People in the Ukraine were willing to die to protect democracy; too many of us do not even vote.
By Carl Petersen
“The Tom Perkins system is: You don’t get to vote unless you pay a dollar of taxes. But what I really think is, it should be like a corporation. You pay a million dollars in taxes, you get a million votes. How’s that?”
-Tom Perkins

I am not a fan of term limits. Nor do I think that we need to reform the way that campaigns are financed. While either of these methods could help to improve our Democracy, they do so in a way that removes responsibility from the people. If we are willing to return 90% of incumbents to the House of Representatives while only 13% of us approve of the job the Congress is doing, then we only have ourselves to blame. If voters are so lazy that we are content to get our information from 30 second commercials instead of independent research, then we get the government that we deserve.

There are not too many people who think that the government we have is working. In fact, the level of dissatisfaction has gotten so bad that 65% of people surveyed by Gallup said that they were dissatisfied with “not just the people in charge but the type of government they run.” This measure of “American’s Dissatisfaction With [the] U. S. System of Government and Its Effectiveness” has showed a steady rise since 2002 when just 23% of American’s said that they were somewhat or very dissatisfied “with our system of government and how well it works.” However, before we start “Talkin’ Bout A Revolution,” perhaps we should first try showing up.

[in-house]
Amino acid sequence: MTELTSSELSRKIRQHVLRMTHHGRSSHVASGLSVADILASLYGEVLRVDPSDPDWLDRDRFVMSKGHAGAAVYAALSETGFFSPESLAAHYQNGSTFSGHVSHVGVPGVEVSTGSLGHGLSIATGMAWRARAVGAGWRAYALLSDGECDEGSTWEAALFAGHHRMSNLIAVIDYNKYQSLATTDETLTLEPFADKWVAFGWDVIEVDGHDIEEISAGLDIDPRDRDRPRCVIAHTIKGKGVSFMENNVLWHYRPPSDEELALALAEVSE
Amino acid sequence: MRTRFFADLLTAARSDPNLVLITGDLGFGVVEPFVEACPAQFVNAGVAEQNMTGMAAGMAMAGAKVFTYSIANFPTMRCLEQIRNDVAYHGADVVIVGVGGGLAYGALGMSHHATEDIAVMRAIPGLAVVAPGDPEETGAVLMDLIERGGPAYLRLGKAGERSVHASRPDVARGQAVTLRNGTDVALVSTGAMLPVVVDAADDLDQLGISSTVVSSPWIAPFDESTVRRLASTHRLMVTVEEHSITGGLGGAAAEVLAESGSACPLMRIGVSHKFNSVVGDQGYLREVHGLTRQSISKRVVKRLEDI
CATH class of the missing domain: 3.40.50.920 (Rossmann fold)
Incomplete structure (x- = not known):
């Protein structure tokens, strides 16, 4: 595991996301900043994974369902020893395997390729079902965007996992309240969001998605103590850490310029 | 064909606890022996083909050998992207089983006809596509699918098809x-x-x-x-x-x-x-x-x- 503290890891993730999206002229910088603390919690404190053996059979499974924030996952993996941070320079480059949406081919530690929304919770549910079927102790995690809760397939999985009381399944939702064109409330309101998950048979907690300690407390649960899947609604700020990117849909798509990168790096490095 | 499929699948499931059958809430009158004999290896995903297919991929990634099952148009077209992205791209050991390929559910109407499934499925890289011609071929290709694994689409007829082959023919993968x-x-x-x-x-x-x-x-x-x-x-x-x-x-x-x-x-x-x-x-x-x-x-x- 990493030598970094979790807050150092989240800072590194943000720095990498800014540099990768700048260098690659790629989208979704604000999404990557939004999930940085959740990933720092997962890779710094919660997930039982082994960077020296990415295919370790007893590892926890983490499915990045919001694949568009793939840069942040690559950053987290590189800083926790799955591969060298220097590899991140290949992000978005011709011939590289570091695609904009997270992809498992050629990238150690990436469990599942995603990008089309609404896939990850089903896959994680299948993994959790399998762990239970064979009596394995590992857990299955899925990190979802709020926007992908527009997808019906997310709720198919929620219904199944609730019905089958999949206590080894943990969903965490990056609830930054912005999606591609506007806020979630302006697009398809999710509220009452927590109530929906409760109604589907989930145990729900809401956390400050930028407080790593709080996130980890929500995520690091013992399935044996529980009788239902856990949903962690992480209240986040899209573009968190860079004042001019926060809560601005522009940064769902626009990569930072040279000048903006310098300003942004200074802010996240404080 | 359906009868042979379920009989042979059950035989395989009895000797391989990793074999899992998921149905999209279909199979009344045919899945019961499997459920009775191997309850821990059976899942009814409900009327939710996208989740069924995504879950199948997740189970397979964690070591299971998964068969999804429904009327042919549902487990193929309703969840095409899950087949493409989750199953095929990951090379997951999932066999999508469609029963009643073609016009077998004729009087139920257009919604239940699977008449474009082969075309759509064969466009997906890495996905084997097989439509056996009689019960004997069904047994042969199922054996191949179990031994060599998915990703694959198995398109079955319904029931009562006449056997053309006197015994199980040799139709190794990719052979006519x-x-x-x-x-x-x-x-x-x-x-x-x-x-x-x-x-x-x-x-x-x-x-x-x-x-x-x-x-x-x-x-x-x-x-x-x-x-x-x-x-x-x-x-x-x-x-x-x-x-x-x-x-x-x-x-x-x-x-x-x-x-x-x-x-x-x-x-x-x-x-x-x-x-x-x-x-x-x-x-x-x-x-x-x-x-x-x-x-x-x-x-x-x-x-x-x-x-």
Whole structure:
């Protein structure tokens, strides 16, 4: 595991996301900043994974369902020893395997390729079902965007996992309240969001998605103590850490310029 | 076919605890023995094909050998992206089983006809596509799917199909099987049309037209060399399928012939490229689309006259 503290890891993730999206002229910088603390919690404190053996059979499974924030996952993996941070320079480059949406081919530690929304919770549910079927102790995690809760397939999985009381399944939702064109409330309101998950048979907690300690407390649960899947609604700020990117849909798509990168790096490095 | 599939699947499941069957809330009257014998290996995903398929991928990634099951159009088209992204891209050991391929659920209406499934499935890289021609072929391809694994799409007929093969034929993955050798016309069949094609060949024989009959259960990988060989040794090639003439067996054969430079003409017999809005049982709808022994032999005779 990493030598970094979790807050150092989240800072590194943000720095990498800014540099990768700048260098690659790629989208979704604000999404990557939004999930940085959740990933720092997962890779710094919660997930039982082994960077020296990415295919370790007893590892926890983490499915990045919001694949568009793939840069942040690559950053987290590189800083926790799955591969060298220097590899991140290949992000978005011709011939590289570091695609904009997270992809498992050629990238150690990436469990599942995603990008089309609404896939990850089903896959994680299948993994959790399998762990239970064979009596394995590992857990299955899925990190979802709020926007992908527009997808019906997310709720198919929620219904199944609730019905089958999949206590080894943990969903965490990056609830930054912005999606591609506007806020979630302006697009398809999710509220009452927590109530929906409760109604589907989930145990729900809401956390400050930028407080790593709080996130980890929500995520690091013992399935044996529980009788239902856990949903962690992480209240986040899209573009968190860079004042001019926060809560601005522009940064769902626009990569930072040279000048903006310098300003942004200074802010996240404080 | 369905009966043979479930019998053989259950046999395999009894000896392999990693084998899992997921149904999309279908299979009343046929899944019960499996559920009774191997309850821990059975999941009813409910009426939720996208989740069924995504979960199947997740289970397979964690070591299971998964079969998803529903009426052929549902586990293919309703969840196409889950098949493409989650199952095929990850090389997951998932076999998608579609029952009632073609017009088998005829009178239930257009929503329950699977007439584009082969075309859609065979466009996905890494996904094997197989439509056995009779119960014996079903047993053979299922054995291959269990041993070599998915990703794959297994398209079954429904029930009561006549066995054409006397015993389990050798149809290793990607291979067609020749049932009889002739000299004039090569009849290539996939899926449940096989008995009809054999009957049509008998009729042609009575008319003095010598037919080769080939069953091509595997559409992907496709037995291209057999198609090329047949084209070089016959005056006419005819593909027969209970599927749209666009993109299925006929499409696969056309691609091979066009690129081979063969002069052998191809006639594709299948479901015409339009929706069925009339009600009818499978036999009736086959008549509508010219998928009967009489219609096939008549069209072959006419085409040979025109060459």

One in four eligible Americans is not even registered to vote. In the last Presidential election only 58.2% of those eligible bothered to cast a ballot. With all the issues facing our country, 93 million eligible citizens elected to ignore their civic responsibility. Only Iowa and Louisiana managed to increase the turnout percentage for eligible voters. That same year 132 million votes were cast in the final voting for American Idol.

The picture gets even worse when looking at the statistics for the midterm elections. In 2010, only 37.8% of people within the voting-age population turned out to vote. This was consistent with the turnout of all the other off-year elections since 1974. The drop-off was even more significant among the younger population. While voters under 30 represented 18% of the electorate in 2008, they were only 11% of the electorate in the 2010 elections. Meanwhile, senior citizens comprised 21% of the voters in this election. They make up 13% of the general population.

For anyone who does not think that their vote counts, consider the way that issues affecting these constituencies are treated by their representatives. For example, Americans owe over $870 billion in student debt, but legislators played chicken with a bill to stop interest rates from rising. Paul Ryan argued against increased federal financial aid by saying that these are “simply being absorbed by tuition increases.” However, he did vote for Medicare Part D, which specifically “made sure that there was no cost-containment provision” to force drug companies to cut prices. Through 2012, this program had added $318 billion to the national debt. Ryan’s attempt at ending Medicare as we know it also specifically exempted voters over 55.

Elections are like the lottery – you have to play to win. They give us a chance to stand up and be heard. They also give us a license to complain when our country drifts off course. This should remind us that the voting booth should only be our first step in getting involved in our democracy.
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